Imagine for a moment that you are lying on the grass, watching the time go by while you flee from the madding crowd, looking at the blue summer sky. Now you squint a little and before you lots of strange creatures, similar to transparent worms, that move through your retina. You are not scared, of course, it is something very common and that all human beings have observed more than once when looking at blank pages or the sky mentioned above: they are myodesopsias.
Also known as flying flies, surely you already know what we mean. Is about an impression of floating bodies that move through our eyes and that, in reality, are not real external objects. Although these spots appear to be in front of the eye, they actually float inside the eye and are the result of the presence of opacities that form in the vitreous humor, which is the gelatinous body that fills the eyeball, and that with the passage of the light they cast their shadow on the retina. They are generally a natural consequence of the aging of the mentioned vitreous body, which loses water, although it can occur in younger individuals.
Who suffers them
- As we have said, the old people they are more prone to suffer them, since they are produced by the aging of the vitreous humor.
- People operated on waterfalls.
- Those who have undergone eye surgeries or suffer from some type of inflammation in the eye.
- The myopic, it is argued, these floating flies are also given to observe because they have the longest eye and this accelerates the vitreous detachment process.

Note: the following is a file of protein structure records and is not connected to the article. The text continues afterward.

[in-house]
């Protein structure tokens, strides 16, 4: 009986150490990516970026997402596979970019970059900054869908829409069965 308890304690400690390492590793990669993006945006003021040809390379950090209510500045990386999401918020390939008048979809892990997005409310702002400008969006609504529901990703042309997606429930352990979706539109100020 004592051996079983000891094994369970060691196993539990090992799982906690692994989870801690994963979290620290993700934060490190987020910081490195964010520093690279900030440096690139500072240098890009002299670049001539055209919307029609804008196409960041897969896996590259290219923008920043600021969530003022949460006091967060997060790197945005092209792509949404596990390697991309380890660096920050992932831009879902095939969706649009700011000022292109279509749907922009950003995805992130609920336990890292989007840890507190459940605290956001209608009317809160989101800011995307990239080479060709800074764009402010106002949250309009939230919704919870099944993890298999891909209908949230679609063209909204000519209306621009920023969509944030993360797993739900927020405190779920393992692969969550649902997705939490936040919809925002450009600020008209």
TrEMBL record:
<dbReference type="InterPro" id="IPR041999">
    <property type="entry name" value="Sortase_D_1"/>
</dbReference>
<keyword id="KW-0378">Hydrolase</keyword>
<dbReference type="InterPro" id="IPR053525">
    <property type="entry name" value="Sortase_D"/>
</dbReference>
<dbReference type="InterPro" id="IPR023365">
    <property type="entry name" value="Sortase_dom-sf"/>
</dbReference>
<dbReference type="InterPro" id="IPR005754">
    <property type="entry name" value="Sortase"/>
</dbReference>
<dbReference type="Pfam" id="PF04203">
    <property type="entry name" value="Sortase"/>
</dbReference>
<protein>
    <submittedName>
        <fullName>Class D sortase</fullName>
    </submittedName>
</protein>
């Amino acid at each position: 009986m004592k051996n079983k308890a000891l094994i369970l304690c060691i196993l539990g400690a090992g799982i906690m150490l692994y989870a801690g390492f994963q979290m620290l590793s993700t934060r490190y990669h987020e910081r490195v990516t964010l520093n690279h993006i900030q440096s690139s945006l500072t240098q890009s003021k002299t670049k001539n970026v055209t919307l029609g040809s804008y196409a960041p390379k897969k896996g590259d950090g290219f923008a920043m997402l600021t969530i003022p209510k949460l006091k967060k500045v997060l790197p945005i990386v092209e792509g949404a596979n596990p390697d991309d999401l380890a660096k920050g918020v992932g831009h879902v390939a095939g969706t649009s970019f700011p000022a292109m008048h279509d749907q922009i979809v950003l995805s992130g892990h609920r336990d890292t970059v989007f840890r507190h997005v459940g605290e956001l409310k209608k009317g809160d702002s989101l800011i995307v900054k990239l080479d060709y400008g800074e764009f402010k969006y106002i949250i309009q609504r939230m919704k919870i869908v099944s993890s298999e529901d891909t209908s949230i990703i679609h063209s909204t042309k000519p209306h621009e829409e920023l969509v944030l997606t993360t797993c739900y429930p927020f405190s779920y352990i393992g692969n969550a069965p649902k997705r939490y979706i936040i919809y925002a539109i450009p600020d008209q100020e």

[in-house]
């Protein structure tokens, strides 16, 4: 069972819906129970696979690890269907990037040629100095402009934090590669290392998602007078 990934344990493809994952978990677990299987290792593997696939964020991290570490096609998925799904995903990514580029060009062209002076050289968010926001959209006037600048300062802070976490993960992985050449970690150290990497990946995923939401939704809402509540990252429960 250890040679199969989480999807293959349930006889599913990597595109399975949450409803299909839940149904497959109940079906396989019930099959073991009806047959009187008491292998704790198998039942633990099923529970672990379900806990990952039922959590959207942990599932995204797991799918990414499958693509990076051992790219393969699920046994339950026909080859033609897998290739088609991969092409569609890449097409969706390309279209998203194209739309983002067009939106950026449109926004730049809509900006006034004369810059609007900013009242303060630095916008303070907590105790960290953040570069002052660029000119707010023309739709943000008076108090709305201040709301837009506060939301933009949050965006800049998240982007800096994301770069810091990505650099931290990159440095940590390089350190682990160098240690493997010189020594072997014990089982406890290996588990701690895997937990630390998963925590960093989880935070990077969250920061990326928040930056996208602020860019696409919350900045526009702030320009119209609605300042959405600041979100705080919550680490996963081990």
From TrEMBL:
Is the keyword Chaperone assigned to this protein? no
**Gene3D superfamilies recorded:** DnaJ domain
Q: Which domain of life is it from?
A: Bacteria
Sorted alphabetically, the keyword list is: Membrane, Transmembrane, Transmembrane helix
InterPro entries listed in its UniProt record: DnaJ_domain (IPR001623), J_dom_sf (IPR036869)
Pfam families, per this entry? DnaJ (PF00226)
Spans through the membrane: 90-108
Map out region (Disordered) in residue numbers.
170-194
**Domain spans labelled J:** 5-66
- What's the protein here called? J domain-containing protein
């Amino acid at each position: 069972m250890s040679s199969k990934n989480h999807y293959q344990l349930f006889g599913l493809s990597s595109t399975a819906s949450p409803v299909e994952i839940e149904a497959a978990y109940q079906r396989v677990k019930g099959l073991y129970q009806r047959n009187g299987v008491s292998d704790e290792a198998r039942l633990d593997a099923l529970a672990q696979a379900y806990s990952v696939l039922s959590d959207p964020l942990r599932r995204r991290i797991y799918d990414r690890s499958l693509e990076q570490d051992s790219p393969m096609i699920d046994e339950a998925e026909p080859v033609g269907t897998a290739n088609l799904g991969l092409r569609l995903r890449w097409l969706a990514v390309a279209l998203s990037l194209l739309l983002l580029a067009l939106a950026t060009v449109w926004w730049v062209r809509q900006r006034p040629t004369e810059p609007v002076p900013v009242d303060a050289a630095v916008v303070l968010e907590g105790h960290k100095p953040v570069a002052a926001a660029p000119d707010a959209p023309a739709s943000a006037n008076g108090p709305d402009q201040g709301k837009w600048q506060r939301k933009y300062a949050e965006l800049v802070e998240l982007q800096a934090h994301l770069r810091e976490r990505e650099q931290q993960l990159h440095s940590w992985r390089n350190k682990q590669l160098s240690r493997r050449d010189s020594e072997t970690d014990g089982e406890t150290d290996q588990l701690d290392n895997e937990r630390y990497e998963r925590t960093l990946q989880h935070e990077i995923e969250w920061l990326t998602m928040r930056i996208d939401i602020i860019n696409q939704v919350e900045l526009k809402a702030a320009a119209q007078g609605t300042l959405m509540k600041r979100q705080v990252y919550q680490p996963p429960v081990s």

When to worry
Generally not related to pathologies nor do they lose vision, But in some extreme cases, medical help may be required, when they are so dense that the individual is blurred.
Recommendations for learning to live with them include not looking at them or trying to focus on them.
It is also important to see a doctor when they appear suddenly or with flashes of light. It is likely that if you notice any of these discomforts you will have to undergo a fundus exam, which examines the state of the retina to rule out the existence of a serious illness or injury. The prognosis depends on size and age. Newer ones can be reabsorbed, but older ones tend to resist.
How to avoid them
Myodesopsias cannot be prevented, although they can detect possible complications derived from them early. Recommendations for learning to live with them include do not chase them with your eyes or try to focus themThat is, not paying attention to them and, especially, not following them when you work with the computer and the notes that appear. Sometimes it is difficult, but you have to try to continue with what was being done.